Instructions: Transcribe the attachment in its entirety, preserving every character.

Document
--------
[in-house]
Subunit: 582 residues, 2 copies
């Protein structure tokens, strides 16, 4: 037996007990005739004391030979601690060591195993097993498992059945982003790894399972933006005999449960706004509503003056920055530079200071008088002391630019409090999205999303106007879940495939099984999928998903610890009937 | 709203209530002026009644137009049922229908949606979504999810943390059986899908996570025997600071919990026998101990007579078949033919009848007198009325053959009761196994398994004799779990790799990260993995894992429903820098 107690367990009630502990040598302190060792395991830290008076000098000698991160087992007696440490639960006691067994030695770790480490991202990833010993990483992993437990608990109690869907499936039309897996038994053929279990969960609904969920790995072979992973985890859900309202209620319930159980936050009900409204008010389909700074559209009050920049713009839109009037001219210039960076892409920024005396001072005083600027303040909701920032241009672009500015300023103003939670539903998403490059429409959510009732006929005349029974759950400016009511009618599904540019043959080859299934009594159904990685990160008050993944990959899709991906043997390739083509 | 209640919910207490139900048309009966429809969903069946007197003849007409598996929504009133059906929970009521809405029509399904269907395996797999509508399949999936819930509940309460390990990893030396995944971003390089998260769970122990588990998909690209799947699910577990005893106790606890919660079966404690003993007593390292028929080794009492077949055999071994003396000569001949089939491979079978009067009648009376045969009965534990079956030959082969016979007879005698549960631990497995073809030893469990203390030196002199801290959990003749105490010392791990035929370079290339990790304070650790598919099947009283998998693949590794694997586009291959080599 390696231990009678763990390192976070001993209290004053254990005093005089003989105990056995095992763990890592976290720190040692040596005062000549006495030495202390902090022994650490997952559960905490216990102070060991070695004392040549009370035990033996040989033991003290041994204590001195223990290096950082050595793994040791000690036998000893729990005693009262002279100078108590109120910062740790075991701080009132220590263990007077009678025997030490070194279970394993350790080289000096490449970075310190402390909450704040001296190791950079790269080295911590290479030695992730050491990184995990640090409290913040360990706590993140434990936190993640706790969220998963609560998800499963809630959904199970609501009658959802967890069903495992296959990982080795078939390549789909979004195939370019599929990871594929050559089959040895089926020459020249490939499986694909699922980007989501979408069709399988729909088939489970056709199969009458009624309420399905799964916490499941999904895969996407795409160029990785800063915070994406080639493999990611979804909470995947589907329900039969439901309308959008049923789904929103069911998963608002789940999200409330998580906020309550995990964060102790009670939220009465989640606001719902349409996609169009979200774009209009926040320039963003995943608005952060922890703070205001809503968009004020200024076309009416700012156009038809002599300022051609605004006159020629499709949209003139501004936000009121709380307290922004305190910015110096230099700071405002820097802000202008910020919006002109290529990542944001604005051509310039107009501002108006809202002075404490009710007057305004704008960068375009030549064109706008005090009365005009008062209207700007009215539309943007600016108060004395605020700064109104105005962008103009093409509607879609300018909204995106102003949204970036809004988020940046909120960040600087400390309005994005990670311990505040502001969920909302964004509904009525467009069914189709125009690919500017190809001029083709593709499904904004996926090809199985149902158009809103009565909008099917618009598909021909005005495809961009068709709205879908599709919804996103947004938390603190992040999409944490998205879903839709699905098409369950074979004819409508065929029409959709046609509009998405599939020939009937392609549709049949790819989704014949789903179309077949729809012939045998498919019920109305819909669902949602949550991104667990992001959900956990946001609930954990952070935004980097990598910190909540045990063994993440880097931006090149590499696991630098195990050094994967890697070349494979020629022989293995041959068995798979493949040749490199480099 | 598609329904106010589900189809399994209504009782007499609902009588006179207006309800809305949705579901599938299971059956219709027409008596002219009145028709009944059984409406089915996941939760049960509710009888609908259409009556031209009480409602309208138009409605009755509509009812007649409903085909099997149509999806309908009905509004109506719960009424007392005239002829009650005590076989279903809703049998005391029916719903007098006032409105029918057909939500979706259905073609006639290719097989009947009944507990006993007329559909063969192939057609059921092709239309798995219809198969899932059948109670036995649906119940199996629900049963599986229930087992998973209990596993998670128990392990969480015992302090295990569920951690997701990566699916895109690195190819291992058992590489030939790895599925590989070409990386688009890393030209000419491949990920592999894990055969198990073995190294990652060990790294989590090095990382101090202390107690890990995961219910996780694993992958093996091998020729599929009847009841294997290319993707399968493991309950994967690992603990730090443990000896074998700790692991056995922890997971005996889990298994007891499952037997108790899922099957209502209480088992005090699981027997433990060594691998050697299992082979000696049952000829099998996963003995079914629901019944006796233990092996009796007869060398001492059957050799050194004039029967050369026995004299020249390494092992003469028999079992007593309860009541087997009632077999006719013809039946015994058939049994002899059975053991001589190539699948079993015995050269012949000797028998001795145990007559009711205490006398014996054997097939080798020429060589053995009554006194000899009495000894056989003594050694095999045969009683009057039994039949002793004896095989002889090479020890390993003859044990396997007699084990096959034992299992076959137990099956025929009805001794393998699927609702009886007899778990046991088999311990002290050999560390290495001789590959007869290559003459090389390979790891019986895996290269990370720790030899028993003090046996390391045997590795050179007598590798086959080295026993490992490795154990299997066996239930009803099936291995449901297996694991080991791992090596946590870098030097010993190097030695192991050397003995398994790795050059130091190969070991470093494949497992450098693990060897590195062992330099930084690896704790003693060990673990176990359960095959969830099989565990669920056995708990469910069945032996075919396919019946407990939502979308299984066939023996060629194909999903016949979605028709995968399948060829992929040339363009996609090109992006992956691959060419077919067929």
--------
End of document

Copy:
[in-house]
Subunit: 582 residues, 2 copies
């Protein structure tokens, strides 16, 4: 037996007990005739004391030979601690060591195993097993498992059945982003790894399972933006005999449960706004509503003056920055530079200071008088002391630019409090999205999303106007879940495939099984999928998903610890009937 | 709203209530002026009644137009049922229908949606979504999810943390059986899908996570025997600071919990026998101990007579078949033919009848007198009325053959009761196994398994004799779990790799990260993995894992429903820098 107690367990009630502990040598302190060792395991830290008076000098000698991160087992007696440490639960006691067994030695770790480490991202990833010993990483992993437990608990109690869907499936039309897996038994053929279990969960609904969920790995072979992973985890859900309202209620319930159980936050009900409204008010389909700074559209009050920049713009839109009037001219210039960076892409920024005396001072005083600027303040909701920032241009672009500015300023103003939670539903998403490059429409959510009732006929005349029974759950400016009511009618599904540019043959080859299934009594159904990685990160008050993944990959899709991906043997390739083509 | 209640919910207490139900048309009966429809969903069946007197003849007409598996929504009133059906929970009521809405029509399904269907395996797999509508399949999936819930509940309460390990990893030396995944971003390089998260769970122990588990998909690209799947699910577990005893106790606890919660079966404690003993007593390292028929080794009492077949055999071994003396000569001949089939491979079978009067009648009376045969009965534990079956030959082969016979007879005698549960631990497995073809030893469990203390030196002199801290959990003749105490010392791990035929370079290339990790304070650790598919099947009283998998693949590794694997586009291959080599 390696231990009678763990390192976070001993209290004053254990005093005089003989105990056995095992763990890592976290720190040692040596005062000549006495030495202390902090022994650490997952559960905490216990102070060991070695004392040549009370035990033996040989033991003290041994204590001195223990290096950082050595793994040791000690036998000893729990005693009262002279100078108590109120910062740790075991701080009132220590263990007077009678025997030490070194279970394993350790080289000096490449970075310190402390909450704040001296190791950079790269080295911590290479030695992730050491990184995990640090409290913040360990706590993140434990936190993640706790969220998963609560998800499963809630959904199970609501009658959802967890069903495992296959990982080795078939390549789909979004195939370019599929990871594929050559089959040895089926020459020249490939499986694909699922980007989501979408069709399988729909088939489970056709199969009458009624309420399905799964916490499941999904895969996407795409160029990785800063915070994406080639493999990611979804909470995947589907329900039969439901309308959008049923789904929103069911998963608002789940999200409330998580906020309550995990964060102790009670939220009465989640606001719902349409996609169009979200774009209009926040320039963003995943608005952060922890703070205001809503968009004020200024076309009416700012156009038809002599300022051609605004006159020629499709949209003139501004936000009121709380307290922004305190910015110096230099700071405002820097802000202008910020919006002109290529990542944001604005051509310039107009501002108006809202002075404490009710007057305004704008960068375009030549064109706008005090009365005009008062209207700007009215539309943007600016108060004395605020700064109104105005962008103009093409509607879609300018909204995106102003949204970036809004988020940046909120960040600087400390309005994005990670311990505040502001969920909302964004509904009525467009069914189709125009690919500017190809001029083709593709499904904004996926090809199985149902158009809103009565909008099917618009598909021909005005495809961009068709709205879908599709919804996103947004938390603190992040999409944490998205879903839709699905098409369950074979004819409508065929029409959709046609509009998405599939020939009937392609549709049949790819989704014949789903179309077949729809012939045998498919019920109305819909669902949602949550991104667990992001959900956990946001609930954990952070935004980097990598910190909540045990063994993440880097931006090149590499696991630098195990050094994967890697070349494979020629022989293995041959068995798979493949040749490199480099 | 598609329904106010589900189809399994209504009782007499609902009588006179207006309800809305949705579901599938299971059956219709027409008596002219009145028709009944059984409406089915996941939760049960509710009888609908259409009556031209009480409602309208138009409605009755509509009812007649409903085909099997149509999806309908009905509004109506719960009424007392005239002829009650005590076989279903809703049998005391029916719903007098006032409105029918057909939500979706259905073609006639290719097989009947009944507990006993007329559909063969192939057609059921092709239309798995219809198969899932059948109670036995649906119940199996629900049963599986229930087992998973209990596993998670128990392990969480015992302090295990569920951690997701990566699916895109690195190819291992058992590489030939790895599925590989070409990386688009890393030209000419491949990920592999894990055969198990073995190294990652060990790294989590090095990382101090202390107690890990995961219910996780694993992958093996091998020729599929009847009841294997290319993707399968493991309950994967690992603990730090443990000896074998700790692991056995922890997971005996889990298994007891499952037997108790899922099957209502209480088992005090699981027997433990060594691998050697299992082979000696049952000829099998996963003995079914629901019944006796233990092996009796007869060398001492059957050799050194004039029967050369026995004299020249390494092992003469028999079992007593309860009541087997009632077999006719013809039946015994058939049994002899059975053991001589190539699948079993015995050269012949000797028998001795145990007559009711205490006398014996054997097939080798020429060589053995009554006194000899009495000894056989003594050694095999045969009683009057039994039949002793004896095989002889090479020890390993003859044990396997007699084990096959034992299992076959137990099956025929009805001794393998699927609702009886007899778990046991088999311990002290050999560390290495001789590959007869290559003459090389390979790891019986895996290269990370720790030899028993003090046996390391045997590795050179007598590798086959080295026993490992490795154990299997066996239930009803099936291995449901297996694991080991791992090596946590870098030097010993190097030695192991050397003995398994790795050059130091190969070991470093494949497992450098693990060897590195062992330099930084690896704790003693060990673990176990359960095959969830099989565990669920056995708990469910069945032996075919396919019946407990939502979308299984066939023996060629194909999903016949979605028709995968399948060829992929040339363009996609090109992006992956691959060419077919067929």